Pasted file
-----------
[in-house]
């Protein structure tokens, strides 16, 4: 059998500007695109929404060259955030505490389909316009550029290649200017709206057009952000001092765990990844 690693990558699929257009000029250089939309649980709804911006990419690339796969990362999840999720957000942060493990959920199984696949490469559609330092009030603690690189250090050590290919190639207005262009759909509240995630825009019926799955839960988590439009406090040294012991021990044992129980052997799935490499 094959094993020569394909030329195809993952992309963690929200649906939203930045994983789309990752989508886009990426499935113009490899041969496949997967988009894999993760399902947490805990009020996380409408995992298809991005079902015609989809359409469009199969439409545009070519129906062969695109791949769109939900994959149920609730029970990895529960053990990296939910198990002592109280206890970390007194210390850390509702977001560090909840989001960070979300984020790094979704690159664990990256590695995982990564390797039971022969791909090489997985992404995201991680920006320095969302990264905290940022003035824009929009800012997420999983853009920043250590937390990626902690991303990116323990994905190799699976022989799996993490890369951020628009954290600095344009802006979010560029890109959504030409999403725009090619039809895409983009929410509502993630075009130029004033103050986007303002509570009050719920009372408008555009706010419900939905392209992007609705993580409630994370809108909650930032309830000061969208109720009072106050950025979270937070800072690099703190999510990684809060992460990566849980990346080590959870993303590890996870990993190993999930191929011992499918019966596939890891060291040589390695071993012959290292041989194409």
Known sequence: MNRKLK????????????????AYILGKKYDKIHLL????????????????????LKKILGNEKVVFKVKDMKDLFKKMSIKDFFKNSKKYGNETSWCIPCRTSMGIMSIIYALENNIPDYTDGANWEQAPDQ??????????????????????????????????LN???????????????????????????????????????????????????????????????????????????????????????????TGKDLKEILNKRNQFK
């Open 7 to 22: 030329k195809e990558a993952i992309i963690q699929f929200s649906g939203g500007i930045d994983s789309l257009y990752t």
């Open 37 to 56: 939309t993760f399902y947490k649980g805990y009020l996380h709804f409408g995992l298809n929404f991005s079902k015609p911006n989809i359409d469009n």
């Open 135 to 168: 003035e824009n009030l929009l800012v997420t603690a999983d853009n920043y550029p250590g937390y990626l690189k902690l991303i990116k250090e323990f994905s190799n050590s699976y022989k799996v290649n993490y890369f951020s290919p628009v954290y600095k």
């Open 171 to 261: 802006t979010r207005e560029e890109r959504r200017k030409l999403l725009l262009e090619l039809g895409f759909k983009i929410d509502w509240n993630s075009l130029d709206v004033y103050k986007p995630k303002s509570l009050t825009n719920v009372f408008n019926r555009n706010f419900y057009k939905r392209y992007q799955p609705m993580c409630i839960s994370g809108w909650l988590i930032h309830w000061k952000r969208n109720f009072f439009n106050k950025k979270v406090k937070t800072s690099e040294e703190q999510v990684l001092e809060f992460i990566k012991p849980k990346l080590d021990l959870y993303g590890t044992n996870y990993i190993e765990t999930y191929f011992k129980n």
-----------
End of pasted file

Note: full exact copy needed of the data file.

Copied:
[in-house]
């Protein structure tokens, strides 16, 4: 059998500007695109929404060259955030505490389909316009550029290649200017709206057009952000001092765990990844 690693990558699929257009000029250089939309649980709804911006990419690339796969990362999840999720957000942060493990959920199984696949490469559609330092009030603690690189250090050590290919190639207005262009759909509240995630825009019926799955839960988590439009406090040294012991021990044992129980052997799935490499 094959094993020569394909030329195809993952992309963690929200649906939203930045994983789309990752989508886009990426499935113009490899041969496949997967988009894999993760399902947490805990009020996380409408995992298809991005079902015609989809359409469009199969439409545009070519129906062969695109791949769109939900994959149920609730029970990895529960053990990296939910198990002592109280206890970390007194210390850390509702977001560090909840989001960070979300984020790094979704690159664990990256590695995982990564390797039971022969791909090489997985992404995201991680920006320095969302990264905290940022003035824009929009800012997420999983853009920043250590937390990626902690991303990116323990994905190799699976022989799996993490890369951020628009954290600095344009802006979010560029890109959504030409999403725009090619039809895409983009929410509502993630075009130029004033103050986007303002509570009050719920009372408008555009706010419900939905392209992007609705993580409630994370809108909650930032309830000061969208109720009072106050950025979270937070800072690099703190999510990684809060992460990566849980990346080590959870993303590890996870990993190993999930191929011992499918019966596939890891060291040589390695071993012959290292041989194409």
Known sequence: MNRKLK????????????????AYILGKKYDKIHLL????????????????????LKKILGNEKVVFKVKDMKDLFKKMSIKDFFKNSKKYGNETSWCIPCRTSMGIMSIIYALENNIPDYTDGANWEQAPDQ??????????????????????????????????LN???????????????????????????????????????????????????????????????????????????????????????????TGKDLKEILNKRNQFK
């Open 7 to 22: 030329k195809e990558a993952i992309i963690q699929f929200s649906g939203g500007i930045d994983s789309l257009y990752t």
């Open 37 to 56: 939309t993760f399902y947490k649980g805990y009020l996380h709804f409408g995992l298809n929404f991005s079902k015609p911006n989809i359409d469009n």
């Open 135 to 168: 003035e824009n009030l929009l800012v997420t603690a999983d853009n920043y550029p250590g937390y990626l690189k902690l991303i990116k250090e323990f994905s190799n050590s699976y022989k799996v290649n993490y890369f951020s290919p628009v954290y600095k």
């Open 171 to 261: 802006t979010r207005e560029e890109r959504r200017k030409l999403l725009l262009e090619l039809g895409f759909k983009i929410d509502w509240n993630s075009l130029d709206v004033y103050k986007p995630k303002s509570l009050t825009n719920v009372f408008n019926r555009n706010f419900y057009k939905r392209y992007q799955p609705m993580c409630i839960s994370g809108w909650l988590i930032h309830w000061k952000r969208n109720f009072f439009n106050k950025k979270v406090k937070t800072s690099e040294e703190q999510v990684l001092e809060f992460i990566k012991p849980k990346l080590d021990l959870y993303g590890t044992n996870y990993i190993e765990t999930y191929f011992k129980n």